Whilst the Federer's and Nadal's busily entertain their die-hard fans, I would like to note some valuable work that goes on behind the scenes.
Imagine a football match with no half-time show.
Imagine an F1 race with no build-up before or after the race.
Imagine a snooker match without a professional voice explaining the strategies and positioning of each pot.
Imagine a complicated rugby match without a commentator to describe the action.
Yes, pundits, commentators and presenters enrich the viewing experience dramatically, build tension and excitement, and fill us in on information relating to the spectacle.
I remember in my youth listening to Radio Five Live's coverage of Manchester United's matches which I couldn't see on TV thanks to Sky's expensive packages. I would huddle around the radio in the back room or in my bedroom and listen intently as Alan Green commented in such rich detail that I felt I was there in the stadium and I could picture precisely how the match was going. It was an absolute pleasure to hear Alan Green bringing the sounds, tension and elation into my ears.
Andy Gray now does an excellent job commentating for Sky TV on all the major Premier League football matches. We are fortunate enough here in Malaysia to have Sky TV's coverage and the voice of Andy Gray, who provides us with the most informative analysis of key moments in each match. His knowledge is power.
I remember watching World Snooker Finals being contested by Stephen Hendry, Jimmy White, John Higgins and Ronnie O'Sullivan back in the day, and the voice of Clive Everton guided us through the match, frame by frame, ball by ball, as I watched on my tiny old TV set at 12 midnight in my bedroom.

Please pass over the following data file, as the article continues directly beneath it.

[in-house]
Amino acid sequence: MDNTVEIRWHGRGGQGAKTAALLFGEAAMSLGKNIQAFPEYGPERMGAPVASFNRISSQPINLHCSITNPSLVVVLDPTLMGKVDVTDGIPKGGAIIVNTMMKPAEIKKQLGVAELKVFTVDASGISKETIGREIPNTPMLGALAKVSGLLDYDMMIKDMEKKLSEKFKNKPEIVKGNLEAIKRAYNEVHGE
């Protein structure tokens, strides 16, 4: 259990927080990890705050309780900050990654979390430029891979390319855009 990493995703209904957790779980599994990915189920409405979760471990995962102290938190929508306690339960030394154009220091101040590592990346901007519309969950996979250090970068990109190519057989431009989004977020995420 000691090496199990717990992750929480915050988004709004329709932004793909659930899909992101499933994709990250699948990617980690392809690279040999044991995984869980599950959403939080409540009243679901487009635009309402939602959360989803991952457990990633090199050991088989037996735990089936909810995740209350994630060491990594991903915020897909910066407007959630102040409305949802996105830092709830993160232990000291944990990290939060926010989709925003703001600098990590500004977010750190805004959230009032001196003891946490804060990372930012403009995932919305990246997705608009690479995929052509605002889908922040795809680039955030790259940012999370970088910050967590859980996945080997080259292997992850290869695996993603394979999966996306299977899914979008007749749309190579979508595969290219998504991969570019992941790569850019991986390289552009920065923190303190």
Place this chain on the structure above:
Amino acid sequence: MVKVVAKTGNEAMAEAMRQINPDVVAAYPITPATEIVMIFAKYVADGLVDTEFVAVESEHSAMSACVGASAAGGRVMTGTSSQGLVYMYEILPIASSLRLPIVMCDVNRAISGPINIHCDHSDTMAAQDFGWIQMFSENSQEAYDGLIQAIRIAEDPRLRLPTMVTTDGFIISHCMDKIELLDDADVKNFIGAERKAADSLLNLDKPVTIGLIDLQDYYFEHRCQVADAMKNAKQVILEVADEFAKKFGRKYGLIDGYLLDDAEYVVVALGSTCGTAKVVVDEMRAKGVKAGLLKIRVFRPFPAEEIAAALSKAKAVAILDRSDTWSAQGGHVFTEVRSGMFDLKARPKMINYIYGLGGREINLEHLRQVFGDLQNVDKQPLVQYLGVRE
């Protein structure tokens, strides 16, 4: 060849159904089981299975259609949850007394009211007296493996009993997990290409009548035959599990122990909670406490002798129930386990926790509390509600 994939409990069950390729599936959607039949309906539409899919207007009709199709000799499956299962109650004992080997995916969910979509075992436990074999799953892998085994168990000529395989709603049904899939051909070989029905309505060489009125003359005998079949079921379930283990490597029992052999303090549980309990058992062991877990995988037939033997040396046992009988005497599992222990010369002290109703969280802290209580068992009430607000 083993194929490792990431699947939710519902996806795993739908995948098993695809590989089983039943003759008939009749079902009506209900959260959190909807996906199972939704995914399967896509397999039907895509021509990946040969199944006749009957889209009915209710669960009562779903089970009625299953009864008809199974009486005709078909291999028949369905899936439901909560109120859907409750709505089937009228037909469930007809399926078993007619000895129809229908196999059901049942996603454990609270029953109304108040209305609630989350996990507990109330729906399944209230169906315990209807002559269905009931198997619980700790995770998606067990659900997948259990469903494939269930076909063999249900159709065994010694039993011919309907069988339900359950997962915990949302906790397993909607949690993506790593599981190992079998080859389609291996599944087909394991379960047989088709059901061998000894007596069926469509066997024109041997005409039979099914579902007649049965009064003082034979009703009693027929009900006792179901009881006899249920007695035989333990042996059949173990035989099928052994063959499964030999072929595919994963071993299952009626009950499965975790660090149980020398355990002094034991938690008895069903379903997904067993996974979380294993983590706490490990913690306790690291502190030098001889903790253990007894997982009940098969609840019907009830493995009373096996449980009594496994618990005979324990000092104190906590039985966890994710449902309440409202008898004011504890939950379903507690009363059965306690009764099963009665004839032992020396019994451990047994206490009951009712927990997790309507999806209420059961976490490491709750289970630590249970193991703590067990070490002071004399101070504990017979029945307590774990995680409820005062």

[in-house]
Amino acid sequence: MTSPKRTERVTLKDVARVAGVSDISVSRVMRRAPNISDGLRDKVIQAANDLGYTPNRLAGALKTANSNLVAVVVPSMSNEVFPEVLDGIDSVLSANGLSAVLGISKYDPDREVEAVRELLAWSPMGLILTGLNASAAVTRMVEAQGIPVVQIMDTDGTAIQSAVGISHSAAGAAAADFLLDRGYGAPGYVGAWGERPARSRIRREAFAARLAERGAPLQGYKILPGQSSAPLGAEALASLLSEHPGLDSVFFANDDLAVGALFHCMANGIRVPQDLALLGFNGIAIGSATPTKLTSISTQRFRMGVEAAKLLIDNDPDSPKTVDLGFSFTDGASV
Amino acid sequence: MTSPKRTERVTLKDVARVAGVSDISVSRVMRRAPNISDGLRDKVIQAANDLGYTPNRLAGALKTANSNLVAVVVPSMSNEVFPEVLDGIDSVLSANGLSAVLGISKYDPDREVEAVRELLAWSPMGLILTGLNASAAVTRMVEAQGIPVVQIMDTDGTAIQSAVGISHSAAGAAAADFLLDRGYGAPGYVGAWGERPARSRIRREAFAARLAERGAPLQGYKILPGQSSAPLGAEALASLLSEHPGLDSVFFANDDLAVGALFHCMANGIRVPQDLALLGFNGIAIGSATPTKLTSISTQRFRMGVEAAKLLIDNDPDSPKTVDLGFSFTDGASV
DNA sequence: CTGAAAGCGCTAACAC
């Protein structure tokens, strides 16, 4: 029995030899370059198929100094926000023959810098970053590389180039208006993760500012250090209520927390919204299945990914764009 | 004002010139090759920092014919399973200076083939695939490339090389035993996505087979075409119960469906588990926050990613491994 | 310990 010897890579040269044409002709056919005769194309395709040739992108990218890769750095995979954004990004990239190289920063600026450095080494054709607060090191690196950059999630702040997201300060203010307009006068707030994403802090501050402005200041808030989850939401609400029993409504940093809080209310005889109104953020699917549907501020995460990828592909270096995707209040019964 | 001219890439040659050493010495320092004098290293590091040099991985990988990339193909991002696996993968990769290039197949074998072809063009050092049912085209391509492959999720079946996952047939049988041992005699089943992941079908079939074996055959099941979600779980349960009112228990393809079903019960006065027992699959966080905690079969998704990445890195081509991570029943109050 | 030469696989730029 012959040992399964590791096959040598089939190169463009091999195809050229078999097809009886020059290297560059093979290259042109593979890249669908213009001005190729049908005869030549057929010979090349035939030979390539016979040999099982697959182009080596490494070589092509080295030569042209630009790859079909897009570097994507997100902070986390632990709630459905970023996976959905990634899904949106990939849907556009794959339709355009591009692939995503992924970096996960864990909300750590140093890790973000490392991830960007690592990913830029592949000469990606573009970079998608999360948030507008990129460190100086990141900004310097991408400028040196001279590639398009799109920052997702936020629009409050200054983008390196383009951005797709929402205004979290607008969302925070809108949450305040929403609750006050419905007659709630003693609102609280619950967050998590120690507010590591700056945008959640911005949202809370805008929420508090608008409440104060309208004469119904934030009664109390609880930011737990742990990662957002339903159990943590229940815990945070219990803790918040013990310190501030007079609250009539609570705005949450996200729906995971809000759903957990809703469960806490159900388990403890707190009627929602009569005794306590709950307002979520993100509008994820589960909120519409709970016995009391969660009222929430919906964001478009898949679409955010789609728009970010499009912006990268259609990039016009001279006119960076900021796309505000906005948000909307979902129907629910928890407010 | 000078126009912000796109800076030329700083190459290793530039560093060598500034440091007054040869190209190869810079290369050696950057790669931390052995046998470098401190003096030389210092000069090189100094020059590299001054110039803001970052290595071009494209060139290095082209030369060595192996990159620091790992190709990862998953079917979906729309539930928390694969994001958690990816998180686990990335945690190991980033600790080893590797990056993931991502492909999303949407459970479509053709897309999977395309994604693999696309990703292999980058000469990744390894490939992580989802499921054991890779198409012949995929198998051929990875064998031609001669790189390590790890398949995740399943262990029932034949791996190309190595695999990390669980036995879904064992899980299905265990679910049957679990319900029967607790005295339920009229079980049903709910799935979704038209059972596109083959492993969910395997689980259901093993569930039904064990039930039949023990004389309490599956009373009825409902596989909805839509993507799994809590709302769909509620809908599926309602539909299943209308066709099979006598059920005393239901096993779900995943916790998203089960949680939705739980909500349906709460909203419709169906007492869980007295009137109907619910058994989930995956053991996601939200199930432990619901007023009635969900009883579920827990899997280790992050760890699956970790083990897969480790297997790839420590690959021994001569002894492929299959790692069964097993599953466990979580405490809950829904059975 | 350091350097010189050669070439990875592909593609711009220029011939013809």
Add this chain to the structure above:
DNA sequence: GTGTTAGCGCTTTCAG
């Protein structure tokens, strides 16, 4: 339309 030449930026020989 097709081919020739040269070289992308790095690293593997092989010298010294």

And who can ever forget the great Murray Walker, commentator king of Formula 1. His energy, dedication, passion and excitement endeared us all to him and truly brought Formula 1 racing to life. Hearing him was just as good as watching the drivers whizz around the circuits at breakneck speed. How on earth would we have appreciated the complexities and felt the passion without Murray Walker?
Which brings me to the Australian Open 2010. For the first time this year, I became re-acquainted with Alan Wilkins and Vijay Amritraj as they brought us the night session live from Melbourne. Their camaraderie, banter and insights are infectious and I find myself as always, smiling and laughing with them as they bring us the tennis on the screen. In fact, their presenting in the studio and commentating from the booth is almost as good as the tacticians who delight us on the court. I always look forward to seeing them during each Grand Slam, especially how Alan Wilkins loves testing Vijay, albeit with a little jest, in the 'Vijay on the spot' segment. They have the humour, the knowledge, the information, and the ultimate passion and appreciation for sport. I would willingly watch them speak about tennis for hours.
They bring each Grand Slam to life with their vigour and enthusiasm. So here's to you, all presenters, and commentators, thanks for making our sporting viewing all the much greater!